News ID: 195024
Published: 1440 GMT 18 Jun 2017

Football rule-makers to consider reducing game time

Football rule-makers to consider reducing game time

World football’s rule-makers are to consider a proposal to reduce each half of a game to 30 minutes in a bid to prevent time-wasting.

The International Football Association Board (IFAB) outlined a raft of radical proposed changes to the rules of the game in a new strategy document titled Play Fair! Adopting two halves of 30 minutes with the clock stopped when the ball goes out of play is one of dozens of ideas put forward by IFAB in an attempt to make football more attractive, the Guardian reported.

IFAB says the Play Fair document has three aims – to improve player behavior and increase respect, to increase playing time and to increase fairness and attractiveness. “Many people are very frustrated that a typical 90-minute match has fewer than 60 minutes of effective (actual) playing time (EPT) i.e. when the ball is in play,” IFAB said in the document. “The strategy proposes measures to reduce time-wasting and ‘speed up’ the game.”

IFAB said some of the proposals could be implemented immediately and require no law changes, while some are “ready for testing/experiments” and some are “for discussion”.

Among the ideas up for discussion is that of a player being allowed to pass to themselves at a free-kick, corner and goal kick, a stadium clock which stops and starts along with the referee’s watch, and allowing a goal kick to be taken even if the ball is moving.

Other ideas up “for discussion” include referees blowing for halftime or fulltime only when the ball goes out of play, and a penalty kick being either scored or missed/saved, with players not allowed to follow up to score, in order to stop encroachment into the penalty area.

Plans which need no law changes mostly apply to IFAB’s bid to combat time wasting. The document says match officials should be stricter on the rule which allows goalkeepers to hold the ball for six seconds.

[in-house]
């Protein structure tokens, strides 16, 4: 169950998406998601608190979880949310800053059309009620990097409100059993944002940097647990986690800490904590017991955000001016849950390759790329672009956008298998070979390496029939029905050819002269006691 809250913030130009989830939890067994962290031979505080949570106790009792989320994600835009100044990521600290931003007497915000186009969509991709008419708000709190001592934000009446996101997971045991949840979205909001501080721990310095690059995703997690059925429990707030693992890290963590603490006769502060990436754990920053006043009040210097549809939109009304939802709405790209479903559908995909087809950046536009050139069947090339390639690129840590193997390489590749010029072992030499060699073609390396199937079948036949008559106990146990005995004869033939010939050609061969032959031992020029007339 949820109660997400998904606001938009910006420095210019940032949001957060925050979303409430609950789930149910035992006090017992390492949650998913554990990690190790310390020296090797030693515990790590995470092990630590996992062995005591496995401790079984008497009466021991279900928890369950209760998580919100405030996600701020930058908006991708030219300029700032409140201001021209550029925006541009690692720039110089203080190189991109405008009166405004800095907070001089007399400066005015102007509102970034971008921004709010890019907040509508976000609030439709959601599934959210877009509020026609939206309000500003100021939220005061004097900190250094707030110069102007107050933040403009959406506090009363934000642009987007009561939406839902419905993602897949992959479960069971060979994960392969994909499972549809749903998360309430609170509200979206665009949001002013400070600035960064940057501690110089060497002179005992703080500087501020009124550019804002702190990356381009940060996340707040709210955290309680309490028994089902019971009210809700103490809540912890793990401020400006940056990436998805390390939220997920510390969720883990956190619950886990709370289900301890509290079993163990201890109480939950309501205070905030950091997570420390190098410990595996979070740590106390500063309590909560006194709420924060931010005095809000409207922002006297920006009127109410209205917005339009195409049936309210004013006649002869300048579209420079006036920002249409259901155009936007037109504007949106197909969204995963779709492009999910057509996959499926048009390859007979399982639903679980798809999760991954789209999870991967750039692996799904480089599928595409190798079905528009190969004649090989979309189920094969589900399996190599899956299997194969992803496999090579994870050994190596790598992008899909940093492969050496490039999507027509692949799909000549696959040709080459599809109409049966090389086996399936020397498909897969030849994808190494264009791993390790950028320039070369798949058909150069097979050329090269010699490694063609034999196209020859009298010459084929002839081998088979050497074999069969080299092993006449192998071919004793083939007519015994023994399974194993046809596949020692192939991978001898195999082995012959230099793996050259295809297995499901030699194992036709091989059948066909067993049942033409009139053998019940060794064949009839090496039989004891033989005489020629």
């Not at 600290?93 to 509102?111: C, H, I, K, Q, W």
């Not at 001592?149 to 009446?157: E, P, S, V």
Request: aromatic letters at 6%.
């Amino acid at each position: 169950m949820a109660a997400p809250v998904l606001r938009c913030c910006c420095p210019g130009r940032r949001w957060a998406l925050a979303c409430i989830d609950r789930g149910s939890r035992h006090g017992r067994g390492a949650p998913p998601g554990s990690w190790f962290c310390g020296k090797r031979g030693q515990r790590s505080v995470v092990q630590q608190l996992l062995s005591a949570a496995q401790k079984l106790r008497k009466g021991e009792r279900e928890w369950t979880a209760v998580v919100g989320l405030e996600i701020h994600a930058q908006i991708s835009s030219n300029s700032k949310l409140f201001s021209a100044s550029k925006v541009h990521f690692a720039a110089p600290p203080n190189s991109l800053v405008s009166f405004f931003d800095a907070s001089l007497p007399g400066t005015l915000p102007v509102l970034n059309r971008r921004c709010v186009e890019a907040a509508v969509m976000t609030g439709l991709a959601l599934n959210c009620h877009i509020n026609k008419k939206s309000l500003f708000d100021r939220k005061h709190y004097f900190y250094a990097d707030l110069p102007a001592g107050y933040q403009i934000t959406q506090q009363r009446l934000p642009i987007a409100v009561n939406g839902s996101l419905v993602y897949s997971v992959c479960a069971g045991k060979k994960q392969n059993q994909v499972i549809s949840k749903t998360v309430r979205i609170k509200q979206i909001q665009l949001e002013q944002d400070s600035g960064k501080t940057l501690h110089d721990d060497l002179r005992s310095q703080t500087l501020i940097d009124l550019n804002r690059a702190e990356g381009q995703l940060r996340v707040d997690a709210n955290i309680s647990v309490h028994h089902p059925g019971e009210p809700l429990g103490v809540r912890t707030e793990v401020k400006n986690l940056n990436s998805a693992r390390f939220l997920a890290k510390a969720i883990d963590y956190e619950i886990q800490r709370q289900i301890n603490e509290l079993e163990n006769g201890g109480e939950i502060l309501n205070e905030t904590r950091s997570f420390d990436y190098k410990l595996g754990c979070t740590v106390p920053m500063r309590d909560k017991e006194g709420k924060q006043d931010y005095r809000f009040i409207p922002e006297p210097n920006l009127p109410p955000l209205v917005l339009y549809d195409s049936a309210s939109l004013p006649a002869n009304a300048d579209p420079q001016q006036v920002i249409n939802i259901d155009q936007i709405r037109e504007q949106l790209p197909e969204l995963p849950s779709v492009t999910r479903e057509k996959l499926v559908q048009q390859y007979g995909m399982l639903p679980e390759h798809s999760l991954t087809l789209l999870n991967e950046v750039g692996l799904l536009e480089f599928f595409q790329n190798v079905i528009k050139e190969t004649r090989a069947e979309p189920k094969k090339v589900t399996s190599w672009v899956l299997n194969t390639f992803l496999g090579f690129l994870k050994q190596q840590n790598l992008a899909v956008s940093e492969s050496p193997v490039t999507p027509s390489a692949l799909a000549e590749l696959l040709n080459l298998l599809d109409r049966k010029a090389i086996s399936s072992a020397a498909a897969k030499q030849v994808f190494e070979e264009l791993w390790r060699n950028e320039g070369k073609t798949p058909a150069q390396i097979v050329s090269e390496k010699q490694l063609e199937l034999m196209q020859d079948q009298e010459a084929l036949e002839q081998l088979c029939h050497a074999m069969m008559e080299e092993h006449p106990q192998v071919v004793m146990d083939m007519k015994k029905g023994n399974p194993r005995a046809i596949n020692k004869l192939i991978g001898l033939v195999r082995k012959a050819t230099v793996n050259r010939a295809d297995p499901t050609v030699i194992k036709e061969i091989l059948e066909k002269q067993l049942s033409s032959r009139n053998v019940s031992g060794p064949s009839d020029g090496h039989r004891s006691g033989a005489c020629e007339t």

IFAB suggests match officials should be stricter on time-keeping, stopping their watch from a penalty being awarded to the spot kick being taken, from a goal being scored until the match resumes from the kickoff, and from the signal of a substitution to play restarting.

The proposals already being tested include the idea of only allowing captains to speak to referees to prevent match officials being mobbed. This is being trialed at the Confederations Cup in Russia, which started on Saturday.

Another proposal already being tested is a change to the order of penalty kicks in shootouts, known as ABBA. Instead of teams taking alternate penalties, the new system involves team A taking the first kick, then team B taking two, then team A taking two.

“The ‘first’ kick in kicks from the penalty mark has a built-in advantage primarily because there is greater mental pressure on the second kicker (in each round) who often faces instant elimination if they miss their kick (especially once the first four kicks for each team have been completed),” the document says.

IFAB is made up of world football’s governing body, FIFA, and the four British home football associations and is responsible for making the final decision on law changes. The Play Fair! document will be discussed at various meetings before decisions are taken on whether to develop ideas further or discard them.

   
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